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This week I finished 8 awesome non-fiction books. That puts me at 25 books in 25 days so far this year, and that’s pretty exciting since my goal for the year is 250 books. And if you missed it, I wrote a piece about how I read over 280 books in 2020 if you want to check it out.

This week, I read a wide range of books. One of them is all about the psychology of how we perceive time, which is great for anyone who feels like there isn’t enough time in a day. I also read a couple books for entrepreneurs and creatives, and I continued to try and educate myself about economics as well as being a brand new investor. There’s also an amazing book on the list about Black justice reform from a law professor. …

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This week I finished 5 books from some amazing authors. Some of the books are on writing, but I also read an excellent book on what makes us curious, and I had a great introduction into the world of investing. Enjoy!

Each of the links to the books are affiliate links, so if you use my link to purchase any of these books, some comes back to support what I do (and it also helps fund my reading habit).

Accidental Genius: Revolutionize Your Thinking Through Private Writing by Mark Levy

This book is a must-read for all writers as well as creators who struggle with coming up with ideas. Mark Levy has mastered the art of freewriting, and he does a great job explaining why it works and why it helps. For anyone who is a perfectionist or gets stuck, I highly recommend this book. The chapters are short, and there are dozens of free-writing practices for you to try to get your wheels in motion so you can start creating. …

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It’s the first official week of 2021, and I finished seven excellent non-fiction books. This week, I fell more in love with the books by Michael Shermer, learned about how free-market competition and privilege causes issues in the United States, the psychology of boredom, and I read an awesome book about why kids need to learn to fail. And, as I continue to write my new non-fiction book, I read some more books about writing. Enjoy!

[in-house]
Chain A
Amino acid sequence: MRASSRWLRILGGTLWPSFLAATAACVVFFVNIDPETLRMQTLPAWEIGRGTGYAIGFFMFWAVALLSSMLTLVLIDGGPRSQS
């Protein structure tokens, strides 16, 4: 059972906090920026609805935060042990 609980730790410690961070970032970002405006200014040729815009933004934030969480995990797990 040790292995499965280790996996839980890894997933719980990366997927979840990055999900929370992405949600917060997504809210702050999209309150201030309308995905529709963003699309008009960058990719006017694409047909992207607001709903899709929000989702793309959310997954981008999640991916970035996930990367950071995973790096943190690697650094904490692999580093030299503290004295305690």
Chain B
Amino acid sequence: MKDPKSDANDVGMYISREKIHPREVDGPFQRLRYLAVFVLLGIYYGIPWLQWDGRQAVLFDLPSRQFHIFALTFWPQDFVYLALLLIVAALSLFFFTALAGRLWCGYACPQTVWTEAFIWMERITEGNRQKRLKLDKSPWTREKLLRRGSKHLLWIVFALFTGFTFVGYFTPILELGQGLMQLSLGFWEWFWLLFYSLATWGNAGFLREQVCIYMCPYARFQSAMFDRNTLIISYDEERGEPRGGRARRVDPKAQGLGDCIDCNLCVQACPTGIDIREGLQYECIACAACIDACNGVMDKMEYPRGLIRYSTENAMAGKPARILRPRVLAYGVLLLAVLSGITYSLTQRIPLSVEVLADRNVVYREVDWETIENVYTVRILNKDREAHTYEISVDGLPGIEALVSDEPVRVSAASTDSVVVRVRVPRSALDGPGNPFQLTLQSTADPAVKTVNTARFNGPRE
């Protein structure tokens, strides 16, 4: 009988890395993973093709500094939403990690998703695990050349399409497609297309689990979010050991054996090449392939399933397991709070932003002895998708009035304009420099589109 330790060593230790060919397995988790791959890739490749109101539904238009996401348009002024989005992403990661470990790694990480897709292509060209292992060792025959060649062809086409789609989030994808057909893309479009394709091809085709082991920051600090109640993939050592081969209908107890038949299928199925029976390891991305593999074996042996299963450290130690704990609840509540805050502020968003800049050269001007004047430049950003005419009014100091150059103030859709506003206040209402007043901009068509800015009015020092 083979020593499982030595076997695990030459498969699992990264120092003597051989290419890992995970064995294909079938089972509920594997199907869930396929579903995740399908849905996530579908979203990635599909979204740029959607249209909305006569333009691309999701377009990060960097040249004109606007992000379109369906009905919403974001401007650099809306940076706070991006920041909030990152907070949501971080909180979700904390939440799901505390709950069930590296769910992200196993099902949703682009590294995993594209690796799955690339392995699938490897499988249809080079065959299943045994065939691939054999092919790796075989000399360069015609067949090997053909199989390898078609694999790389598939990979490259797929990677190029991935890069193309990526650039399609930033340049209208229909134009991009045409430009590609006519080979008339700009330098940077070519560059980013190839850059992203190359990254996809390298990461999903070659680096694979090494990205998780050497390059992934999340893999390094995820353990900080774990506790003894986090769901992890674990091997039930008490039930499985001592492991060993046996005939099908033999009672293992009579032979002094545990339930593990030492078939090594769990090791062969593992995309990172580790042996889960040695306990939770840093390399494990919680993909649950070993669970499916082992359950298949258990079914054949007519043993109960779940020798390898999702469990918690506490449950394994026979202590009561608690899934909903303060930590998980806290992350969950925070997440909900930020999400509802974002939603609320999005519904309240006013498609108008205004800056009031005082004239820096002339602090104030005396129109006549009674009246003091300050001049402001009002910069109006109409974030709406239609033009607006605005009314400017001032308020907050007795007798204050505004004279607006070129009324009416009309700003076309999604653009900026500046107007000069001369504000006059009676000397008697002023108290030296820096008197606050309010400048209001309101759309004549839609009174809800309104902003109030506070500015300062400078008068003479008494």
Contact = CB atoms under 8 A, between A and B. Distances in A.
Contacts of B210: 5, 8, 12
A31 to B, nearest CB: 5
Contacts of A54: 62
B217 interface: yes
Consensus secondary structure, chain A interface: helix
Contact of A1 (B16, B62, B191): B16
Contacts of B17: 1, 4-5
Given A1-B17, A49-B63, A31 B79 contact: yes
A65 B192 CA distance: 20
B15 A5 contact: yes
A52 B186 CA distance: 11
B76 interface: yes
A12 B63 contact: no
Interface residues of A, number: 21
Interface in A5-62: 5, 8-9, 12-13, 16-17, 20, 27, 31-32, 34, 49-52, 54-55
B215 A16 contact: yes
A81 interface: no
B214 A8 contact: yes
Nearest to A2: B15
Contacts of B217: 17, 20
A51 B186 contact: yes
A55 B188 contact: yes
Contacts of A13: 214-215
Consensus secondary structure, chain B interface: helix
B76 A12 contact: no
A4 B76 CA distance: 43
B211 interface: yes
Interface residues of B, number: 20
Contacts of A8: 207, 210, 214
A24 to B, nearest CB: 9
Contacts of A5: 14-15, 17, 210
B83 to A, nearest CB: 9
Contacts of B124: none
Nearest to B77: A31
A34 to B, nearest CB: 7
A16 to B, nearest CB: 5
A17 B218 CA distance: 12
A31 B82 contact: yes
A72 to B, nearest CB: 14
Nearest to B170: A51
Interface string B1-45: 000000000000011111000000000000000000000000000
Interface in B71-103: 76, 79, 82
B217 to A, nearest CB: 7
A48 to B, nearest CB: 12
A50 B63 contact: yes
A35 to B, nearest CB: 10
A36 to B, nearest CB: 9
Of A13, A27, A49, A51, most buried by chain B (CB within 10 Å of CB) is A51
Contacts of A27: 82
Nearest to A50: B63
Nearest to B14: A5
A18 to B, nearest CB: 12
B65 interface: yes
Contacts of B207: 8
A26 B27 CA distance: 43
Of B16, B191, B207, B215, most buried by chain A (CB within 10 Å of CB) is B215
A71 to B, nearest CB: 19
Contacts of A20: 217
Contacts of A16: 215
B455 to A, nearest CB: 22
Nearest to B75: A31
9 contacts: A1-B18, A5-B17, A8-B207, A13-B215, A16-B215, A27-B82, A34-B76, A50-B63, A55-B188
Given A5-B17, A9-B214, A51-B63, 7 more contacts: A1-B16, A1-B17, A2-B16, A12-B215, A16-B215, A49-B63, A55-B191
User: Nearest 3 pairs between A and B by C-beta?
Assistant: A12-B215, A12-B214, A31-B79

Each of the links to the books are affiliate links, so if you use my link to purchase any of these books, some comes back to support what I do (and it also helps fund my reading habit).

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It’s the first week of 2021, and it’s the first weekly non-fiction reading list. This last week, I finished 8 amazing books. I’m really getting back into cognitive psychology, and some of these books on this list are must-reads. I’m also focusing a ton on my personal writing this year, and I love learning from other writers.

Also, I finished 2020 by reading a grand total of 283 books. …

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When I was a kid, I loved to read. I was obsessed with R.L. Stein’s Goosebumps and other series we millennials grew up with. But in high school, when reading became mandatory, I started to hate it, and I stopped reading. I disliked reading so much, that I cheated on just about every test we had that involved a book we were supposed to read.

For nearly a decade, I spiraled into a drug and alcohol addiction that almost killed me, and one of the reasons I stayed stuck for so long was because I thought I knew everything. At any given moment, I thought I was the smartest person in the room. It took a lot of humility to realize that I don’t know nearly as much as I thought I did, and once I did that, something happened, and I developed a thirst for knowledge within the next few years. …

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This last week, I finished 9 non-fiction books from some awesome authors. My current number of books read for 2020 is 280! I’m thinking I’ll finish 2–3 more by the end of the year, too.

As I continue to work on my newest book, I read some more books meant for authors, and it’s really interesting getting different perspectives and strategies. I even finally read On Writing by the man himself, Stephen King. Other than that, there are some great books on this list about skepticism, politics, and some other interesting subjects. Enjoy!